Tackling male infertility? The solution could be in your diet

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Whenever infertility is brought up, the first thing that often comes to mind is the woman’s health and what she can do to increase her chances of conceiving. Time and again, the man’s contribution to the matter is overlooked.

Statistics reveal that around 10-15% of couples trying to conceive suffer from unexplained infertility and in 40-60% of these couples the cause is linked to male health.


Common risk factors in men

In today’s fast paced world, many unhealthy behaviors have been adopted and have had a direct or indirect effect on male infertility.

Rising stress levels, overweight and obesity, heavy drinking, high caffeine intake, substance abuse, and a sedentary lifestyle can all have detrimental effects on male sperm count and quality.

fast food reuters
fast food reuters

Your diet can also have a big impact. To state the obvious, junk food has been deemed bad for your heart health and your waist circumference. What you don’t know is that these burgers and fries can also contribute to a lower sperm quality and consequently decreased male fertility.

Soy has long been on the super food list for its ability in regulating blood lipid levels and preventing hot flashes in menopausal women, but it may not be as good for future dads. In fact soy, which is rich in phytoestrogens, mimics estrogen in the body and messes with the estrogen-testosterone balance in men. According to a study published in Molecular and Cellular Endocrinology, long-term consumption of a soy rich diet may decrease male sperm count.

We’ve heard about the possible health risks of Bisphenol A on kids, commonly known as BPA. The exposure to this chemical can also effect adult men and reduce their sperm count considerably. Exposure to BPA comes from food cans and the re-use of plastic like when you refill water bottles. It is always safer to shift towards freshly prepared foods or consuming food packaged in glass containers.

Diet changes to boost fertility in dads-to-be

As a rule of thumb, a healthy, balanced and nutrient dense diet is essential for fertility. According to the American Society for Reproductive Medicine, research indicates that a healthy diet, abundant in fish, fruits, vegetables, and whole grains, means sperm is more likely to be energetic and active.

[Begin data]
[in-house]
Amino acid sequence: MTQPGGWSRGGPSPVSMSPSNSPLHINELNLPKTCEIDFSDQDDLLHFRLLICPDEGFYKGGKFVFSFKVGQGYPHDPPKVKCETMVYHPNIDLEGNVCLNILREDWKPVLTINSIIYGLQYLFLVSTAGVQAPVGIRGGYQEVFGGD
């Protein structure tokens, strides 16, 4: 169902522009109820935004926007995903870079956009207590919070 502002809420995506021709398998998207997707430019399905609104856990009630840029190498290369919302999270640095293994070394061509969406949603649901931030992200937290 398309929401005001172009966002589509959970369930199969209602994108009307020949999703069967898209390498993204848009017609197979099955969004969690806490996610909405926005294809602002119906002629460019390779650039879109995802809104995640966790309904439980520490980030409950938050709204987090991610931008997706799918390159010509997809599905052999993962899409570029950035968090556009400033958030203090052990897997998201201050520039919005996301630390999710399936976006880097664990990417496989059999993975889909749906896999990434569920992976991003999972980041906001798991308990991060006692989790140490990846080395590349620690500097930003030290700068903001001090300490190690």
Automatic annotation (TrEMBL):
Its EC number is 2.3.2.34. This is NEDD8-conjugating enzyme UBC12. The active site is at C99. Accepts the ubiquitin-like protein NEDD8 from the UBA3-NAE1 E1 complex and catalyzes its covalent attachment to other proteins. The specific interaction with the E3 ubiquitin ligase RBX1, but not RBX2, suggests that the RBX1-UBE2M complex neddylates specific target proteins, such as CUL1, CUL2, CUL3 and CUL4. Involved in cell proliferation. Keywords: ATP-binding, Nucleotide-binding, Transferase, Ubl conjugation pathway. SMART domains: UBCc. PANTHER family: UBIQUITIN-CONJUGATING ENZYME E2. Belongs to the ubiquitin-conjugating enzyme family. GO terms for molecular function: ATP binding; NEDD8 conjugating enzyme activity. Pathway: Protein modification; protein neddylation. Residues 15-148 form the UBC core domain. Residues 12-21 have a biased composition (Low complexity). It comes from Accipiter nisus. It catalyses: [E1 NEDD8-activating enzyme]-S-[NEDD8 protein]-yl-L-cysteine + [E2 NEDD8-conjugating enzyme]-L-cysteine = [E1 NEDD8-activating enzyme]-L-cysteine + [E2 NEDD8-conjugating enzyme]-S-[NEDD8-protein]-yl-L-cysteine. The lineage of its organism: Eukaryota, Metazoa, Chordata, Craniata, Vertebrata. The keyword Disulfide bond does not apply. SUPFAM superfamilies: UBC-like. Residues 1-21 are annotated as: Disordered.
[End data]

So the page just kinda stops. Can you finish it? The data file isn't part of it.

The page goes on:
Maintaining a healthy body weight is equally important, which means neither being overweight or underweight. Check your body fat percent before trying to conceive.

Don’t forget to incorporate these fertility boosting foods:

milk afp
milk afp

• Dairy products, due to their high calcium content and ability in improving fertility, are essential for reproductive health. Consuming 3 servings of dairy can help you reach your Calcium needs of 1000mg.

• Fatty fish, a great source of the all mighty omega 3, have fertility boosting benefits. Fatty fish, such as salmon and sardine, promote a regulated secretion of reproductive hormones, increase the blood flow to reproductive organs, and more specifically contribute to favorable sperm morphology.

oysters afp
oysters afp

• Oysters always come on top of the list when speaking of aphrodisiacs. This is due to their high zinc content, well known for increasing sperm and testosterone production.

• Lentils, abundant in the B vitamin folic acid, can keep the sperm free of chromosomal abnormalities. Only 1 cup of lentils will provide you with your daily recommended intake of 400 micrograms folic acid.

• Oranges, rich in the antioxidant Vitamin C, keep the sperm motile and viable. A 250ml glass of orange juice has about 124 milligrams of vitamin C. Aim to get at least 90 milligrams a day and more if you smoke - at least 125 milligrams.

Racha Adib is a Beirut-based licensed dietitian who offers nutrition and wellness counseling to individuals and corporations. She graduated from the American University of Beirut with a Bachelor of Science degree in Nutrition and Dietetics followed by a certificate in Essentials of Business. She is a member of the Lebanese Academy for Nutrition and Dietetics and the Lebanese League for Women in Business. She has also been frequently featured in media on MTV's “The Doctors,” LBC's “Mission Fashion,” and Orbit's “Ayoun Beirut” among others, and hosts a weekly radio program on the latest nutrition news and science breakthroughs. She can be found on Twitter: @rachaadib

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